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Controlling your risk by Bob Carruth

As Risk Control Manager for the NCACC, Bob Carruth manages the operation of the Risk Control Team for the Risk Management Pools. The team assists members with development of safety policies and programs and identification of liability exposures and controls. Carruth is a Certified Safety Professional and is certified as an Associate – Risk Management.  For archives of this column click here

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Aug 02

Plan for Outdoor Hazards, Part I

Posted on August 2, 2012 at 10:02 AM by Todd McGee

When most North Carolinians think of summer, they think of backyard cookouts, lying on the beach, hiking in the mountains, or tending to a yard or garden. Although we are blessed here in North Carolina with being able to be outside most of the year, summertime in the South brings about some safety challenges, especially for folks who work outdoors.
Because the summertime outdoor environment can be unforgiving, over the next couple of months we will share some of the most common hazards, and give you some tips on how to keep yourselves, your employees, and groups with which you may interact safe from outdoor perils.
Weather
Yes, it’s hot. That’s why summer is so much fun, but the heat can cause several problems, including sunburn, heat exhaustion, heat stroke, and dehydration. You should remember to stay hydrated when outdoors, and keep plenty of fluids with you. Water is the original soft-drink
 Although certain malt beverages are thought to be synonymous to outdoor fun, excessive consumption can lead to dehydration and possible injury. Try to schedule your heaviest outdoor activities in the early morning, when the weather is cooler. In addition to being hydrated, keep sunscreen with you and use liberally when working or playing outdoors.
Finally, be aware of the other summertime weather hazard – the thunderstorm. Many are killed each year in the U.S. due to lightning strikes. Before beginning an outdoor excursion, do yourself a favor and check the weather forecast. If there is a high likelihood of electrical storms, you may want to delay your activity or at least make a plan to seek shelter should a storm threaten.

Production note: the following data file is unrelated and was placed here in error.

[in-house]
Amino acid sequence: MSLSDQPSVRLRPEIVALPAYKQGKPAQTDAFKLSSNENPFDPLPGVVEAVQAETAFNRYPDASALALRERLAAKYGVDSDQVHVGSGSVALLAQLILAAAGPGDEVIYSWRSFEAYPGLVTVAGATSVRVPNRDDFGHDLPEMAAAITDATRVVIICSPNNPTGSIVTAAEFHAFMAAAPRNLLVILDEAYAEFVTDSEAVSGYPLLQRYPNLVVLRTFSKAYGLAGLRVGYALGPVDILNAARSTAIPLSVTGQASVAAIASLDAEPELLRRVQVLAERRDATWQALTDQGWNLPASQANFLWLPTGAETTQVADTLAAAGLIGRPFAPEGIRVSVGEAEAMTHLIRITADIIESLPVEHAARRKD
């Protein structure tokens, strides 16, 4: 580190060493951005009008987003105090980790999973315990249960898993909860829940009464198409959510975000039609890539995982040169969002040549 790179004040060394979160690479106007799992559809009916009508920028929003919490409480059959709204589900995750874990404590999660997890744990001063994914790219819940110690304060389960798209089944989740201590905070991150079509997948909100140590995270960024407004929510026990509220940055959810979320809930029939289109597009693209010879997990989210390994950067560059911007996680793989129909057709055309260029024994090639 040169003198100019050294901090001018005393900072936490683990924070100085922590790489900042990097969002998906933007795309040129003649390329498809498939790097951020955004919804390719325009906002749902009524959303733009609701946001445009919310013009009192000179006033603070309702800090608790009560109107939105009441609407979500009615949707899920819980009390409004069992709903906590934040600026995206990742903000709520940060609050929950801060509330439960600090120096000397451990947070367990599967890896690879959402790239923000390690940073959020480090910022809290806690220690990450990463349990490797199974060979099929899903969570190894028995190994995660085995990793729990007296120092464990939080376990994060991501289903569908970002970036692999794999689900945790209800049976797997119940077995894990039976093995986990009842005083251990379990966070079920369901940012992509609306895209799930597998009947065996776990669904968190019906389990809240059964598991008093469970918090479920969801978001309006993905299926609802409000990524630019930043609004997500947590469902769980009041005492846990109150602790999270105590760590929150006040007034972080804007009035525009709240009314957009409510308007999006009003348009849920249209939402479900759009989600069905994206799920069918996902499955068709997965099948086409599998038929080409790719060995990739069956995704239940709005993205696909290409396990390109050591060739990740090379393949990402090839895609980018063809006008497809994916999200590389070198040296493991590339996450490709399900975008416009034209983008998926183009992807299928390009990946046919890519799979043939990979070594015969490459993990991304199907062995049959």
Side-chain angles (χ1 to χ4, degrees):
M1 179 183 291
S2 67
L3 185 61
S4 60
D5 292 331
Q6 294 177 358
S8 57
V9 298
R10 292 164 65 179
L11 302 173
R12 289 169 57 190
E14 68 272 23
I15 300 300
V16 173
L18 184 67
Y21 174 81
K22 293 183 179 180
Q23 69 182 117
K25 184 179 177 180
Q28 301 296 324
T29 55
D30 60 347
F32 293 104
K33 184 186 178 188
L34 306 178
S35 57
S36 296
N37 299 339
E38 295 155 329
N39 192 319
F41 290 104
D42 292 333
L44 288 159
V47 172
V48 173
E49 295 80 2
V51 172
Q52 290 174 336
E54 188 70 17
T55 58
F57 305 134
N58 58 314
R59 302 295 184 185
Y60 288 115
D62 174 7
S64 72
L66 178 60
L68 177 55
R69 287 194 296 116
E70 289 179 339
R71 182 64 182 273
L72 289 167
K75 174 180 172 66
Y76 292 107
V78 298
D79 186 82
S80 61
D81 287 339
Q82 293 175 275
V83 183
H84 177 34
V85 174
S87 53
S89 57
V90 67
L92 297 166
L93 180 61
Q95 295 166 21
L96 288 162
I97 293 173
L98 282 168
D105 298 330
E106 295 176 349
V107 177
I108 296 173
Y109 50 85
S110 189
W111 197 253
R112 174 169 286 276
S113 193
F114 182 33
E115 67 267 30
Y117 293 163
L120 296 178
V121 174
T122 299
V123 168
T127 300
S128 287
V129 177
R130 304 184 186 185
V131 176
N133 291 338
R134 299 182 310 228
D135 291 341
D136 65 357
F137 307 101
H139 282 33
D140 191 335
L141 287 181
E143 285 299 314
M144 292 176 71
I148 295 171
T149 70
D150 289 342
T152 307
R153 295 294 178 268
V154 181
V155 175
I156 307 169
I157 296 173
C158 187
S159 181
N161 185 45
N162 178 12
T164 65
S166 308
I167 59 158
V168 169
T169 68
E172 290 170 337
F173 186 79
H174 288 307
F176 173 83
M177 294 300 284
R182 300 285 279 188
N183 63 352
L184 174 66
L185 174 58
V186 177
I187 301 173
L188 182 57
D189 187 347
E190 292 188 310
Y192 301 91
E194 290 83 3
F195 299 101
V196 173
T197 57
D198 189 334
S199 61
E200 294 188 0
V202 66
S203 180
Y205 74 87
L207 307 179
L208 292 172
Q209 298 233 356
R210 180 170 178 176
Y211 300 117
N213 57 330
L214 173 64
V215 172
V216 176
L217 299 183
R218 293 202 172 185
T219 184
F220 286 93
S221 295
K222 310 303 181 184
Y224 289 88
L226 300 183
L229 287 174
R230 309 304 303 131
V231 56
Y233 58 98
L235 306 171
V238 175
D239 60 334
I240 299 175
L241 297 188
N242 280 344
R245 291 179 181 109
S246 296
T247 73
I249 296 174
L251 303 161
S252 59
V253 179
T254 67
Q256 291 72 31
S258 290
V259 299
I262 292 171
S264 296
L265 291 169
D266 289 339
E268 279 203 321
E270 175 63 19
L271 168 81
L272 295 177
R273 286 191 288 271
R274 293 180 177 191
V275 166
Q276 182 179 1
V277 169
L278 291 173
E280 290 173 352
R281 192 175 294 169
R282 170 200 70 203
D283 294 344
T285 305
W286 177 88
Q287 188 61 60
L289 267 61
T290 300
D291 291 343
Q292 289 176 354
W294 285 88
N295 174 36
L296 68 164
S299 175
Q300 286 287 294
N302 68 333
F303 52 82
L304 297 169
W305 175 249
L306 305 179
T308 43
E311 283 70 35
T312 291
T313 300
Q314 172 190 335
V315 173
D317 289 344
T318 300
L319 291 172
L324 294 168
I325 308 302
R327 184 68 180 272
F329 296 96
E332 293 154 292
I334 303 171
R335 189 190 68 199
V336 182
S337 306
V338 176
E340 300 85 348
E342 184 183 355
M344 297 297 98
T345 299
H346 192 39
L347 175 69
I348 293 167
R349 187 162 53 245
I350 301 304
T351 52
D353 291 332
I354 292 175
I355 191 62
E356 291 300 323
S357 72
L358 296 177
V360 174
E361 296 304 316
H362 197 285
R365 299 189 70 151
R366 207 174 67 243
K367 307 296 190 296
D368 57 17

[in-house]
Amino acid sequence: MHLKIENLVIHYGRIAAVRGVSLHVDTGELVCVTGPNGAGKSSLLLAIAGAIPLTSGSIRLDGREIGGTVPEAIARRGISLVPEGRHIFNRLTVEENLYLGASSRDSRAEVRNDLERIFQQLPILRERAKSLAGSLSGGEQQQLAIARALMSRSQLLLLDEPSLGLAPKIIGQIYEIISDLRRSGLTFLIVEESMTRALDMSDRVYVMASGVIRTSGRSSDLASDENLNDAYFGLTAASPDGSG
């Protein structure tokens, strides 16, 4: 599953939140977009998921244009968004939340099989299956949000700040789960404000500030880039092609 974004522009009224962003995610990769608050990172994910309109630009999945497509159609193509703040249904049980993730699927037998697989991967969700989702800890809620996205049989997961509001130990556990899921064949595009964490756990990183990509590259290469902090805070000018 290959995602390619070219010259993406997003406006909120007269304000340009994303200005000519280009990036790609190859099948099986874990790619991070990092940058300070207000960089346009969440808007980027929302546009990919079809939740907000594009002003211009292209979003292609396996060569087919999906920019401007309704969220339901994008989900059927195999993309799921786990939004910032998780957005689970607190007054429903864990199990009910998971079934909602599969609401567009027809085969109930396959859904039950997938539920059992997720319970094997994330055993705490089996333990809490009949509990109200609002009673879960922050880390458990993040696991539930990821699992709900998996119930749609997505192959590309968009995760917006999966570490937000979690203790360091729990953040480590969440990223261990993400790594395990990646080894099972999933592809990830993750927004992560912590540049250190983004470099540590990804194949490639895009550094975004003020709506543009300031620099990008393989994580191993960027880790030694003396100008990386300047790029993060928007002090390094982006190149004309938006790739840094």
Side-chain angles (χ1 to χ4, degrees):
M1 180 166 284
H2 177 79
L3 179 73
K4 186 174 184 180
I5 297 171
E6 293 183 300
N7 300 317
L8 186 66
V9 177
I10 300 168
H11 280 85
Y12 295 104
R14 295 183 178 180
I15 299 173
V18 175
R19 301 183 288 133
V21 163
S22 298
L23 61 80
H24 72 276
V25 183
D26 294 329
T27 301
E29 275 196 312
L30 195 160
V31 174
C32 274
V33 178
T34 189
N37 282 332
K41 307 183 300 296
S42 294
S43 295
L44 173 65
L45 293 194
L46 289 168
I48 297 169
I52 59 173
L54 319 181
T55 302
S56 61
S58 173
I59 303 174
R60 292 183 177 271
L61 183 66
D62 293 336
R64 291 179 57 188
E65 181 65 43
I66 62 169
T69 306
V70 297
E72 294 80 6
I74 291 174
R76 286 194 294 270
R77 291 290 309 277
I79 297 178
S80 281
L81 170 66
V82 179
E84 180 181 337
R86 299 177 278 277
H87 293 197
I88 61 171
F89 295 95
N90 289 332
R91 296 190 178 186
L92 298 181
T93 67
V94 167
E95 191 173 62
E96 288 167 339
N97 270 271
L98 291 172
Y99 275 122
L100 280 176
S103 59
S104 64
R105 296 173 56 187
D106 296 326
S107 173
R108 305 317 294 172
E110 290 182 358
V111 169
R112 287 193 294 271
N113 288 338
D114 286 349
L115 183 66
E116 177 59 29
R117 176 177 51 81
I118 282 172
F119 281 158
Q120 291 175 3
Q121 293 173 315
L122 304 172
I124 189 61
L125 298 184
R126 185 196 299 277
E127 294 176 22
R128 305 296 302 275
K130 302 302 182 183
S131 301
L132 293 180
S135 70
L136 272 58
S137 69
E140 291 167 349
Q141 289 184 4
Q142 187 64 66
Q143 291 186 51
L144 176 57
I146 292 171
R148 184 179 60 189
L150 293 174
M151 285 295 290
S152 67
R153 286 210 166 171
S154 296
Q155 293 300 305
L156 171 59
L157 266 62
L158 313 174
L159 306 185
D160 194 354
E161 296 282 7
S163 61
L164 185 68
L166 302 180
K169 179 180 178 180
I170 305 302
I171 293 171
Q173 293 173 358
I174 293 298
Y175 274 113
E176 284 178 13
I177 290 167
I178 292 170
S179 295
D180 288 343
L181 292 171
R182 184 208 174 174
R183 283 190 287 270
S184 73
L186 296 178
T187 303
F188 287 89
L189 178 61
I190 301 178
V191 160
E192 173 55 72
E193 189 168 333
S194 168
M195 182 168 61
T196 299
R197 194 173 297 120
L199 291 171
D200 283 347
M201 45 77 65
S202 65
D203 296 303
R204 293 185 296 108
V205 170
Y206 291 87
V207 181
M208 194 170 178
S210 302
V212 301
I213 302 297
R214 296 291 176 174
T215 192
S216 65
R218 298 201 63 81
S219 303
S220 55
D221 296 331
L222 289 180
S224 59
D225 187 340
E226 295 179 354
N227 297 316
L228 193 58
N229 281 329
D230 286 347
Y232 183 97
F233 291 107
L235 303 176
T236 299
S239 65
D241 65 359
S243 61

Varmints
“I don’t like spiders and snakes,” legendary country crooner Jim Stafford once sang, and by now you are singing over and over again in your head. You do need to be aware of the creatures with which you share the great outdoors. Spider bites can be both painful and disabling. Although poisonous snakes are decreasing in numbers in our state, the copperhead is still ever present (Isn’t this our state snake?). Although the bite is rarely fatal, it can still be disabling, and you should treat any bite as a medical emergency. Take extra care when clearing brush or leaves, or when moving debris piles, as these are often hiding places for spiders and snakes.
There are, however, other varmints that you need to be aware of as well. Although rabies is not as prevalent as it used to be, it can affect any mammal, and can be spread to dogs, cats and humans. The most common animals that carry the rabies virus include the raccoon, skunk, bat and fox; however, any mammal can have it. The best rule of thumb is to avoid any wild animal, and report any suspicious animal to your local animal control department. Also, avoid handling baby animals, as they can look innocent, but may already be infected. Finally, do not pick up carcasses of dead animals without wearing gloves. The virus may still be present, and you can become infected.
Although we may accept bee stings as a rite of summer, for many individuals, they can be deadly. The most important advice is always carry your auto-injector if you are allergic to bee stings, and have an extra one that you provide to your supervisor or keep nearby. It can be a life-saver.
With all of these situations, planning is critical. Since you are outside, often away from shelter or convenience, you cannot take for granted that water will always be there, first aid will be immediately available, or that the sun and heat will take a break for the day. Be prepared for the perils that you will face when outdoors this summer. It will make your sojourn so much more enjoyable, and may even keep you healthy and alive. Next month, I will talk a little about power tools, poisonous plants and water safety.
If you need any assistance in reviewing your safety procedures in relation to the outdoor safety of your employees, please feel free to contact your regional risk control specialist, check out our safety resources library or contact our office at  (919) 719-1117, and we will be happy to help you with your particular issue.